The latest indices include Saudi Arabia and United Arab Emirates (UAE) for the first time, reflecting the growing presence of the Middle East within the clean energy market, with the UAE ranked 35th in the index, two places above Saudi Arabia. The roll-out of solar initiatives places the UAE over Saudi Arabia in the Solar Index, while the reverse is true in the Wind Index based on natural resource. 

When looking at the global outlook for the clean energy industry, Forer summarizes: “While the reliance on government subsidies is decreasing, it should not be forgotten that until “grid parity” is reached in more regions, financing will still depend on the timing and nature of individual countries’ incentives and support regimes, a commitment to invest in grid infrastructure and connectivity, and the ability of projects to seek multiple partnerships and investors.”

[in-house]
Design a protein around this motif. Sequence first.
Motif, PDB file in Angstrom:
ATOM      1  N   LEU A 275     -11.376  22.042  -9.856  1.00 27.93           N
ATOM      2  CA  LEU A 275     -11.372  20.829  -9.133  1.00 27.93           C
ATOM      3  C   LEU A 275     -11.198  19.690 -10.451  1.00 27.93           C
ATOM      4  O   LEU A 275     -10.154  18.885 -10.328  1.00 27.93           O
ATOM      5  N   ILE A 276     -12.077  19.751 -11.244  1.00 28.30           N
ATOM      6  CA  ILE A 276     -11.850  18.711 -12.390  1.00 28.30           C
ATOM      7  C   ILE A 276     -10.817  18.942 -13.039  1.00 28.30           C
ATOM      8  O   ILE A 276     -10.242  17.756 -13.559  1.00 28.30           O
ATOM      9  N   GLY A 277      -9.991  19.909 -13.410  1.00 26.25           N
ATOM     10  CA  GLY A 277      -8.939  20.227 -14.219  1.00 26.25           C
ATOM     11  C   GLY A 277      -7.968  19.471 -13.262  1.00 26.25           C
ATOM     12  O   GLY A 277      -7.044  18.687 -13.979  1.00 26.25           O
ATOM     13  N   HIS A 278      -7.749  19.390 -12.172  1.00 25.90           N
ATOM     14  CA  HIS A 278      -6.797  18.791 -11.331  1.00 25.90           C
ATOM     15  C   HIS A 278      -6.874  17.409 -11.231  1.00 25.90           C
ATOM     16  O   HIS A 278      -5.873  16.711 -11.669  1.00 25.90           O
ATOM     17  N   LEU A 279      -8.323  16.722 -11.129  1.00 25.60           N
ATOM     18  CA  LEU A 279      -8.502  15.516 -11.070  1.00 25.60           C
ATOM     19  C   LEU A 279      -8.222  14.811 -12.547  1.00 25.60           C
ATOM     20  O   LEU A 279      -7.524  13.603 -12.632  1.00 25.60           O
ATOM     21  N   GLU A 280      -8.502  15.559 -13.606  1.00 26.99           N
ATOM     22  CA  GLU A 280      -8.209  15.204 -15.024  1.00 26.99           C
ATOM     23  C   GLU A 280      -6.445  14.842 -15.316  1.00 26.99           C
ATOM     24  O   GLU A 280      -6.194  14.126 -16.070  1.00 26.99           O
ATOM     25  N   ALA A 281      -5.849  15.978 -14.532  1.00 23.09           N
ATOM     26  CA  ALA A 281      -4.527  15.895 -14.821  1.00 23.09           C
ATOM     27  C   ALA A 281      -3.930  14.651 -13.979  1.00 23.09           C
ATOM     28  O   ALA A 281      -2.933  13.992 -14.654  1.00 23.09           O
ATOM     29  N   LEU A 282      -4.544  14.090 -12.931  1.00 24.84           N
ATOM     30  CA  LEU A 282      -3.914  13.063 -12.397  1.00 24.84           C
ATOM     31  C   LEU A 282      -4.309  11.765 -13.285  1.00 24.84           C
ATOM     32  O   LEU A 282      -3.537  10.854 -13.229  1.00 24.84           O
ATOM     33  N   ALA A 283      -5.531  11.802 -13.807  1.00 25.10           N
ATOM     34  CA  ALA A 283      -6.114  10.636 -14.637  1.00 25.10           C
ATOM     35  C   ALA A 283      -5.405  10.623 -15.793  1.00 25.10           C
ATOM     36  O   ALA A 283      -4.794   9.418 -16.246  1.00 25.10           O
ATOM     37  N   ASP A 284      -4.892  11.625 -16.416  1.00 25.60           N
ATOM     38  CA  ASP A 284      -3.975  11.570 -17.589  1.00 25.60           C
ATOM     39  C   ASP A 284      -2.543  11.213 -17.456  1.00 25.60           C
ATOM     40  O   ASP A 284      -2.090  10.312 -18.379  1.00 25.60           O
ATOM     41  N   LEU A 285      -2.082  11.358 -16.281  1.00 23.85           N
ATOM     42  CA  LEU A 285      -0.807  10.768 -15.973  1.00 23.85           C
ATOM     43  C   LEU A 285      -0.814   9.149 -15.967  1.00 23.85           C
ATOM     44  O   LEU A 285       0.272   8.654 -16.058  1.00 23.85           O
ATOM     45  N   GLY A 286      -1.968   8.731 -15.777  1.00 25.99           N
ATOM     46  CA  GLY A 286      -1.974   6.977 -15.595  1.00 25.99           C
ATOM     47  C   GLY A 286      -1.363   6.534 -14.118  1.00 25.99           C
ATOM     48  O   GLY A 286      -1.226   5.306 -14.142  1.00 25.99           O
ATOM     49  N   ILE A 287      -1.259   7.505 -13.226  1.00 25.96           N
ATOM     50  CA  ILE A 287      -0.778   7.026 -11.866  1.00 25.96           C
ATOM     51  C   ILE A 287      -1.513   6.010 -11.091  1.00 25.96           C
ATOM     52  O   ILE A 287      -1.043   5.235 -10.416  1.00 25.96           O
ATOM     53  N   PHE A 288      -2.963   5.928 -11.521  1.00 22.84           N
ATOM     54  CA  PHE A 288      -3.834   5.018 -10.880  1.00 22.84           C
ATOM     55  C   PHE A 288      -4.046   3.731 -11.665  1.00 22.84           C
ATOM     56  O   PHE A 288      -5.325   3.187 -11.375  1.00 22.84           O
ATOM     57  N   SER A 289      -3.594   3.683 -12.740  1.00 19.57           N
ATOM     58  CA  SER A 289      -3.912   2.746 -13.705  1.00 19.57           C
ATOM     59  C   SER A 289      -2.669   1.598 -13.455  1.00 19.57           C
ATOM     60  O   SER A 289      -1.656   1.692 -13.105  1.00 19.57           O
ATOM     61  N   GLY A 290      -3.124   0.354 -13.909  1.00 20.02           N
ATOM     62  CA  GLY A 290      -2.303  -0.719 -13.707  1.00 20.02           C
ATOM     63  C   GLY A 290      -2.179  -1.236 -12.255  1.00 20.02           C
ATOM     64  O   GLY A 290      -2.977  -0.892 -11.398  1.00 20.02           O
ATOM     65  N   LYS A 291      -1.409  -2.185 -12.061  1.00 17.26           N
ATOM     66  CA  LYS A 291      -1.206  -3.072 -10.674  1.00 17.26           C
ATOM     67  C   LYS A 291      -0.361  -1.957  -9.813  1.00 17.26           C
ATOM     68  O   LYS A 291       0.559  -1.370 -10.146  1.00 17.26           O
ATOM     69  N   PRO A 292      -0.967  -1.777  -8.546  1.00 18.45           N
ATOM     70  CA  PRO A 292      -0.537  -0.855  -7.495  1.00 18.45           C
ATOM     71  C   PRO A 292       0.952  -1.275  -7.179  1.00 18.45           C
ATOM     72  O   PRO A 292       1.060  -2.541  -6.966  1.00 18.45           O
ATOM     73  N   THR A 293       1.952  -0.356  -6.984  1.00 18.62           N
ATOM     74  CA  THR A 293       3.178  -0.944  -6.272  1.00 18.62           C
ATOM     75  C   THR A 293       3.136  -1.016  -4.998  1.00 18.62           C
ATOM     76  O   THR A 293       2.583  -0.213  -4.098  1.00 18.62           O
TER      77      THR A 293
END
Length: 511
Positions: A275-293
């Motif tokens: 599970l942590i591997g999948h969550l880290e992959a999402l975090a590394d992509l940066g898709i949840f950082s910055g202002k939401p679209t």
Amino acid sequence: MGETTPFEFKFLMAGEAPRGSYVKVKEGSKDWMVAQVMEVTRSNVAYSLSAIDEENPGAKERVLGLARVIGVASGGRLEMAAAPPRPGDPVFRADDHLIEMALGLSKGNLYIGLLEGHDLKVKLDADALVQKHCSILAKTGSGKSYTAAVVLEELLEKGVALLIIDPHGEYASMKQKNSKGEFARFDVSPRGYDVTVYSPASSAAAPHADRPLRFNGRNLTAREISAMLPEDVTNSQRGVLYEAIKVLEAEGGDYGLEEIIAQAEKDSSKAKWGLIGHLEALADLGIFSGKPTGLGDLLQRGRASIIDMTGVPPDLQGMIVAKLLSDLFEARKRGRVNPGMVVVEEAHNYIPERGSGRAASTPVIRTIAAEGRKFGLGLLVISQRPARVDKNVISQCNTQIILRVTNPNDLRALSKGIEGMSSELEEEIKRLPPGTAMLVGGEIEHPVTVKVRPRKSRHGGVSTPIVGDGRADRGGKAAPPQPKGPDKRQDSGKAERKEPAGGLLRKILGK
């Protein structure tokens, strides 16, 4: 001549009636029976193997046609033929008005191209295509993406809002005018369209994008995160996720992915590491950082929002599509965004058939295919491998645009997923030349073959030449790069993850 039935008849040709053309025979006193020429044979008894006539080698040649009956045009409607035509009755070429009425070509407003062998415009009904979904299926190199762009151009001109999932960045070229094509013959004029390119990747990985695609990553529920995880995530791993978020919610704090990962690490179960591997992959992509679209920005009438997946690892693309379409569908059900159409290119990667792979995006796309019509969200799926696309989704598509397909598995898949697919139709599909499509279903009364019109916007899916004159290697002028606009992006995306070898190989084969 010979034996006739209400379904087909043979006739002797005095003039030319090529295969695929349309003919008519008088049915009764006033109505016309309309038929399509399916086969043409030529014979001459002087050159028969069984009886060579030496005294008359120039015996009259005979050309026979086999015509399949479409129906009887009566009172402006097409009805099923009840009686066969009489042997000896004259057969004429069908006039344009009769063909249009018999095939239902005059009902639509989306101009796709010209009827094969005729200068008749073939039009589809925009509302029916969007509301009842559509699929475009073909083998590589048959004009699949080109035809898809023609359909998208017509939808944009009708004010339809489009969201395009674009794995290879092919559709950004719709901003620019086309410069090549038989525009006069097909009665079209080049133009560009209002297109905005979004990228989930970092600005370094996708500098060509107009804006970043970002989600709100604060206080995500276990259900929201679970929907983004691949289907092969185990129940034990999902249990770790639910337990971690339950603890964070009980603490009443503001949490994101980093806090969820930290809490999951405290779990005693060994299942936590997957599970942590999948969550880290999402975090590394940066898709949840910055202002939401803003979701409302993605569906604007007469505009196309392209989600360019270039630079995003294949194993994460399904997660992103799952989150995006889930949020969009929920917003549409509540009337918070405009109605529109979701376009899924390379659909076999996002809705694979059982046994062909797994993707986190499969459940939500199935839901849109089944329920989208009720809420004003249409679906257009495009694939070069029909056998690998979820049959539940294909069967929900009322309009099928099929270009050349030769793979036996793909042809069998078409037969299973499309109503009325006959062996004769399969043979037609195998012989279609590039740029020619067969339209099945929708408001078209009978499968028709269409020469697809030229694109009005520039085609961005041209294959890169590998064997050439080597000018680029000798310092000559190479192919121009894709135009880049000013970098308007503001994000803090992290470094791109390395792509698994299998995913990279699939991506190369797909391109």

To download issue 35 of the Renewable energy CAI and previous issues, visit www.ey.com/CAI

-Ends- 

Notes to Editors

About the CAI

The Country Attractiveness Indices publication has been running since the beginning of 2003 and is distributed to over 4,000 people each quarter. It provides scores for national renewable energy markets, renewable energy infrastructures and their suitability for individual technologies.

The Indices monitors 40 entries: Argentina, Australia, Austria, Belgium, Brazil, Bulgaria, Canada, Chile, China, Denmark, Egypt, Finland, France, Germany, Greece, India, Ireland, Israel, Italy, Japan, Mexico, Morocco, Netherlands, New Zealand, Norway, Poland, Portugal, Romania, Saudi Arabia, South Africa, South Korea, Spain, Sweden, Taiwan, Tunisia, Turkey, Ukraine, UAE, UK and the US. 

How EY's Global Cleantech Center can help your business